Automatically update your GitHub readme through GitHub Actions

Pawel Grzybek has set up a workflow that uses GitHub Actions’ Scheduled Events to automatically update his profile It runs every 6 hours and pulls in his RSS feed to populate the

import fs from "fs";
import fetch from "node-fetch";
import parser from "xml2json";

const FEED_URL = "";
const TAG_OPEN = `<!-- FEED-START -->`;
const TAG_CLOSE = `<!-- FEED-END -->`;

const fetchArticles = async () => {
  const articles = await fetch(FEED_URL);
  const articlesText = await articles.text();
  const articlesJSON = parser.toJson(articlesText);
  const newC = JSON.parse(articlesJSON), 5);

  return{ title, link }) => `- [${title}](${link})`).join("\n");

async function main() {
  const readme = fs.readFileSync("./", "utf8");
  const indexBefore = readme.indexOf(TAG_OPEN) + TAG_OPEN.length;
  const indexAfter = readme.indexOf(TAG_CLOSE);
  const readmeContentChunkBreakBefore = readme.substring(0, indexBefore);
  const readmeContentChunkBreakAfter = readme.substring(indexAfter);

  const posts = await fetchArticles();

  const readmeNew = `

  fs.writeFileSync("./", readmeNew.trim());

try {
} catch (error) {

Fetch most recent posts to your GitHub profile page using GitHub workflow and Node.js →

💡 People have been doing lots of nice stuff with their README’s. There’s a curated list to be found at matiassingers/awesome-readme (and plenty of others if you search for them)

The Just in Case Mindset in CSS

Some nice examples of defensive programming in CSS by Ahmad Shadeed.

The just in case mindset aims to educate designers and developers to think ahead of time of some possible failure scenarios for a component. I called it just in case because that’s literally what it means. Just in case the title got longer, do this. Just in case this element has a sibling next to it, do that. It’s all about accounting for some edge cases.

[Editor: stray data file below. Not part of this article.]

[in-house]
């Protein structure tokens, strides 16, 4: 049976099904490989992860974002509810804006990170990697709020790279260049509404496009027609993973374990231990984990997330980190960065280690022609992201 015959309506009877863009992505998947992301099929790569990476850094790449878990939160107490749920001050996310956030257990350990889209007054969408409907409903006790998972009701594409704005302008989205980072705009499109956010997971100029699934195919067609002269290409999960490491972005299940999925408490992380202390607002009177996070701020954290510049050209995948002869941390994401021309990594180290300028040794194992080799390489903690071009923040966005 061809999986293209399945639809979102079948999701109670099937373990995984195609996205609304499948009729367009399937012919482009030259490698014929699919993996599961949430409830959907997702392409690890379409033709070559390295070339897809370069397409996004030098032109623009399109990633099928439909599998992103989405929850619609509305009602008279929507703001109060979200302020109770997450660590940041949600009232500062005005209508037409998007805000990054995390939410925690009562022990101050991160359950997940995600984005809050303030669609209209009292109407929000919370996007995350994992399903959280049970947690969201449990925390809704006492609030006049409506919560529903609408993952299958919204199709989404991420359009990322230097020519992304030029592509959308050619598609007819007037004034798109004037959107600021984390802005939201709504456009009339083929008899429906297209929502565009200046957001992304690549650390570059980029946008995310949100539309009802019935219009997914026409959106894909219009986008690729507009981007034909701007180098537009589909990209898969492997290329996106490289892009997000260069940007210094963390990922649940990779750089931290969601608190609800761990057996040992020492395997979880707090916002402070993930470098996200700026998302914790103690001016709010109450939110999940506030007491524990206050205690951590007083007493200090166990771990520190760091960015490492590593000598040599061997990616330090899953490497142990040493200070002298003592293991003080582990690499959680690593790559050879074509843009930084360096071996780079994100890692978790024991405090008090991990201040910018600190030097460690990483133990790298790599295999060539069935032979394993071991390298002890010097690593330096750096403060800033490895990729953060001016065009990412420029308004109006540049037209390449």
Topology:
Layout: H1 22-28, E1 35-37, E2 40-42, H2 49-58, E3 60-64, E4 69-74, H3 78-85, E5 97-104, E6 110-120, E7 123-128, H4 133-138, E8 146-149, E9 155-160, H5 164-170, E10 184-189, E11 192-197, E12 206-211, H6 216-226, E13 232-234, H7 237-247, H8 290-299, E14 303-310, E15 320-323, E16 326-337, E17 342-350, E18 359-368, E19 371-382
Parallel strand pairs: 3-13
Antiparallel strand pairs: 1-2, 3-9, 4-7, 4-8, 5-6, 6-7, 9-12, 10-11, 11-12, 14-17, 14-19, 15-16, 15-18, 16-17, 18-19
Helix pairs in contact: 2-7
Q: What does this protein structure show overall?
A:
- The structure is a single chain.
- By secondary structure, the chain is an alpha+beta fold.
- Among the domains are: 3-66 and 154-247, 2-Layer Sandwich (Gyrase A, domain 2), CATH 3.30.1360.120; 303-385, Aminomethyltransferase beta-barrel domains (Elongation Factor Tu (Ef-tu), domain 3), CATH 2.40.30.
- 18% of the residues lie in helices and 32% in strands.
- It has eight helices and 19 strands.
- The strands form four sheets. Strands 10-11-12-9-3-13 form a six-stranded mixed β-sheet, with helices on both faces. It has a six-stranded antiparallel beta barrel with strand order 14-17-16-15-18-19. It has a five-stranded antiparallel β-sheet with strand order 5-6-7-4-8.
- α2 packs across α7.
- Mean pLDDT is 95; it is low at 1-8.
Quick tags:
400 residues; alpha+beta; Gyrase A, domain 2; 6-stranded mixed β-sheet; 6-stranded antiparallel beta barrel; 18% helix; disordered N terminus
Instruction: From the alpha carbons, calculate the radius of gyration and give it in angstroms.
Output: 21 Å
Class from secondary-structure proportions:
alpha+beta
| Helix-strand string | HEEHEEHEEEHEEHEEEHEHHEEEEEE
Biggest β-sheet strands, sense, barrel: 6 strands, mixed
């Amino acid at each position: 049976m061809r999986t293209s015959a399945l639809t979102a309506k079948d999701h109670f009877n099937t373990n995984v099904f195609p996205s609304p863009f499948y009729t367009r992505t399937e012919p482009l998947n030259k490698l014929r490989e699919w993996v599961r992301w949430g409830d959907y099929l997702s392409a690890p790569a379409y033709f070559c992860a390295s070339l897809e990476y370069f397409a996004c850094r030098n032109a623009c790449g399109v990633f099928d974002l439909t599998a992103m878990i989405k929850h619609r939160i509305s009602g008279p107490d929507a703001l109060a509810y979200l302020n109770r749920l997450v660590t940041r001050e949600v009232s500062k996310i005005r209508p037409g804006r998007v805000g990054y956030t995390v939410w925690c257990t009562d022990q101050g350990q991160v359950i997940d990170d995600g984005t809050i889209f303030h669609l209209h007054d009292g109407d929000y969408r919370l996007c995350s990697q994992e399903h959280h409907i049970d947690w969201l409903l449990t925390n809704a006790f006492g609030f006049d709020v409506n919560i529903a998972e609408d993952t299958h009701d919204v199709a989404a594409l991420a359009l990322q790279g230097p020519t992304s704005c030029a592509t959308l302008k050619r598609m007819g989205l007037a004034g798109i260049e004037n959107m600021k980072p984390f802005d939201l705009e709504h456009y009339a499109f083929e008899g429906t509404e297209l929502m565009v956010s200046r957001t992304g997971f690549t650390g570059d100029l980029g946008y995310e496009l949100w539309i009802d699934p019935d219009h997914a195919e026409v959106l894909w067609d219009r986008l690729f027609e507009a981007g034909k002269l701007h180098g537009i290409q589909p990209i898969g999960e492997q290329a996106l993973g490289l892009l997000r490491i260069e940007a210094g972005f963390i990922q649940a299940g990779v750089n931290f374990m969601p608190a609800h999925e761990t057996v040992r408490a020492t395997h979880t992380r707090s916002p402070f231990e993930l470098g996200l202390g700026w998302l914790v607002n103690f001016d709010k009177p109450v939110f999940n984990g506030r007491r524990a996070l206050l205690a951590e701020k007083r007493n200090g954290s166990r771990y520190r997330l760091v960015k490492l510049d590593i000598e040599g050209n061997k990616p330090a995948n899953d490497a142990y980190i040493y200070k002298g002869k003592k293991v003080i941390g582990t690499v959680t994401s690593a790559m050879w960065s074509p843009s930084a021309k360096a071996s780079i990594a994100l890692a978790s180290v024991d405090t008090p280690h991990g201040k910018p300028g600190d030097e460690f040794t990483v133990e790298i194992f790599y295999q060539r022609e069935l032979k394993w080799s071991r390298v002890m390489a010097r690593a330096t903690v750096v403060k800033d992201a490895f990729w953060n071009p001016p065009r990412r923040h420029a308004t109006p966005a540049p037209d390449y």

It’s this “cover all the scenarios” that I find very interesting and fun to tackle when working on a project 🙂

The Just in Case Mindset in CSS →

React v17.0: A “Stepping Stone” Release

No new features, but a lot of changes, paving the way for future releases.

The React 17 release is unusual because it doesn’t add any new developer-facing features. Instead, this release is primarily focused on making it easier to upgrade React itself.

We’re actively working on the new React features, but they’re not a part of this release. The React 17 release is a key part of our strategy to roll them out without leaving anyone behind.

In particular, React 17 is a “stepping stone” release that makes it safer to embed a tree managed by one version of React inside a tree managed by a different version of React.

Here are the major changes:

  1. Changes to Event Delegation
  2. No Event Pooling
  3. Effect Cleanup Timing Change
  4. Consistent Errors for Returning undefined
  5. Methods of removing private exports

React v17.0 Release Candidate: No New Features →

Using JavaScript’s closest() Method to Capture a “Click outside” an Element

In Practical Use Cases for JavaScript’s closest() Method, Andreas Remdt talks about some nice use cases that use Element.closest().

I especially like this example with a menu. Click on one of the links and it will show the menu which has the class menu-dropdown. Clicking outside said menu will close it. It’s that latter one that leverages Element.closest().

var menu = document.querySelector(".menu-dropdown");

function handleClick(evt) {
  // Only if a click on a dropdown trigger happens, either close or open it.
  // If a click happens somewhere outside .menu-dropdown, close it.
  if (!".menu-dropdown")) {

window.addEventListener("click", handleClick);

Here’s a pen with the result:

🔥 If you haven’t checked out Hakim El Hattab’s dynamically drawn hit areas for menus, as talked about in Building Better Interfaces, be sure to do so, as they’re amazing:

The Opinionated Guide to React

Sara Vieira (@NikkitaFTW) published her book “The Opinionated Guide to React”. It’s 190 pages of React Recipes and Code Examples.